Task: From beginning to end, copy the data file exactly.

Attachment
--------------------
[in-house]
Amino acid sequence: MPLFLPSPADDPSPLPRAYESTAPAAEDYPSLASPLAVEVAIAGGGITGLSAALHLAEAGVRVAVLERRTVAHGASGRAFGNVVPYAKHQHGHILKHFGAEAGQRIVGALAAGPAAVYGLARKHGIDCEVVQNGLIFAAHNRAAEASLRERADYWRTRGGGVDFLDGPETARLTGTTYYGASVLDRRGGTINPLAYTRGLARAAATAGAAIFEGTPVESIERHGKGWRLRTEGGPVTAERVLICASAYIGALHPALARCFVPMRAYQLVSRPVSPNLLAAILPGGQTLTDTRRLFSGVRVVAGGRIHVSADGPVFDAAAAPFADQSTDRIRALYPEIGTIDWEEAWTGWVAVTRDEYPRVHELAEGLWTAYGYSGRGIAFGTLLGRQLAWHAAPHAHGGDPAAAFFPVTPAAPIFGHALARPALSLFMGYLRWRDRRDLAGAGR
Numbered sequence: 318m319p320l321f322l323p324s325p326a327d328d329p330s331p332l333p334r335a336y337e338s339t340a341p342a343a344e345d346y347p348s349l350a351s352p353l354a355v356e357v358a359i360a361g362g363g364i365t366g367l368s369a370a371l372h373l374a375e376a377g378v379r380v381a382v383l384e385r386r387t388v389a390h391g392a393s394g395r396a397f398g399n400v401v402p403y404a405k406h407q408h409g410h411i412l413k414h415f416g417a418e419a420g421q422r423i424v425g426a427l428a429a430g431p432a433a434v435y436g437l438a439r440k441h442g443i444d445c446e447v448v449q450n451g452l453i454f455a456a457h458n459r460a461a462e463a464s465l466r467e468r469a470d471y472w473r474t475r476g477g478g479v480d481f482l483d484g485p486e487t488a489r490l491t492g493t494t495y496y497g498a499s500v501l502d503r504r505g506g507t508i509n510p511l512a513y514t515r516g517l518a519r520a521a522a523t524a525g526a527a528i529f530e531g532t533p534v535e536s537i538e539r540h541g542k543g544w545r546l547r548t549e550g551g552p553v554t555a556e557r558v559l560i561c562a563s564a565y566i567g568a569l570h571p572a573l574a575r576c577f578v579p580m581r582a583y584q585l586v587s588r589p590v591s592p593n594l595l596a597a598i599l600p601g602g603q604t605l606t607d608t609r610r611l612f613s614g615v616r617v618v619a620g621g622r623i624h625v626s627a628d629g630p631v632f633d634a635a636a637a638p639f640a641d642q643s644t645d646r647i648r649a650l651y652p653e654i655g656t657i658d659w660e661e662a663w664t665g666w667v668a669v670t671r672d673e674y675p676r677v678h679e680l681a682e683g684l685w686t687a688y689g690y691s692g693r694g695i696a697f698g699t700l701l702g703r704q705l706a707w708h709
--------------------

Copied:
[in-house]
Amino acid sequence: MPLFLPSPADDPSPLPRAYESTAPAAEDYPSLASPLAVEVAIAGGGITGLSAALHLAEAGVRVAVLERRTVAHGASGRAFGNVVPYAKHQHGHILKHFGAEAGQRIVGALAAGPAAVYGLARKHGIDCEVVQNGLIFAAHNRAAEASLRERADYWRTRGGGVDFLDGPETARLTGTTYYGASVLDRRGGTINPLAYTRGLARAAATAGAAIFEGTPVESIERHGKGWRLRTEGGPVTAERVLICASAYIGALHPALARCFVPMRAYQLVSRPVSPNLLAAILPGGQTLTDTRRLFSGVRVVAGGRIHVSADGPVFDAAAAPFADQSTDRIRALYPEIGTIDWEEAWTGWVAVTRDEYPRVHELAEGLWTAYGYSGRGIAFGTLLGRQLAWHAAPHAHGGDPAAAFFPVTPAAPIFGHALARPALSLFMGYLRWRDRRDLAGAGR
Numbered sequence: 318m319p320l321f322l323p324s325p326a327d328d329p330s331p332l333p334r335a336y337e338s339t340a341p342a343a344e345d346y347p348s349l350a351s352p353l354a355v356e357v358a359i360a361g362g363g364i365t366g367l368s369a370a371l372h373l374a375e376a377g378v379r380v381a382v383l384e385r386r387t388v389a390h391g392a393s394g395r396a397f398g399n400v401v402p403y404a405k406h407q408h409g410h411i412l413k414h415f416g417a418e419a420g421q422r423i424v425g426a427l428a429a430g431p432a433a434v435y436g437l438a439r440k441h442g443i444d445c446e447v448v449q450n451g452l453i454f455a456a457h458n459r460a461a462e463a464s465l466r467e468r469a470d471y472w473r474t475r476g477g478g479v480d481f482l483d484g485p486e487t488a489r490l491t492g493t494t495y496y497g498a499s500v501l502d503r504r505g506g507t508i509n510p511l512a513y514t515r516g517l518a519r520a521a522a523t524a525g526a527a528i529f530e531g532t533p534v535e536s537i538e539r540h541g542k543g544w545r546l547r548t549e550g551g552p553v554t555a556e557r558v559l560i561c562a563s564a565y566i567g568a569l570h571p572a573l574a575r576c577f578v579p580m581r582a583y584q585l586v587s588r589p590v591s592p593n594l595l596a597a598i599l600p601g602g603q604t605l606t607d608t609r610r611l612f613s614g615v616r617v618v619a620g621g622r623i624h625v626s627a628d629g630p631v632f633d634a635a636a637a638p639f640a641d642q643s644t645d646r647i648r649a650l651y652p653e654i655g656t657i658d659w660e661e662a663w664t665g666w667v668a669v670t671r672d673e674y675p676r677v678h679e680l681a682e683g684l685w686t687a688y689g690y691s692g693r694g695i696a697f698g699t700l701l702g703r704q705l706a707w708h709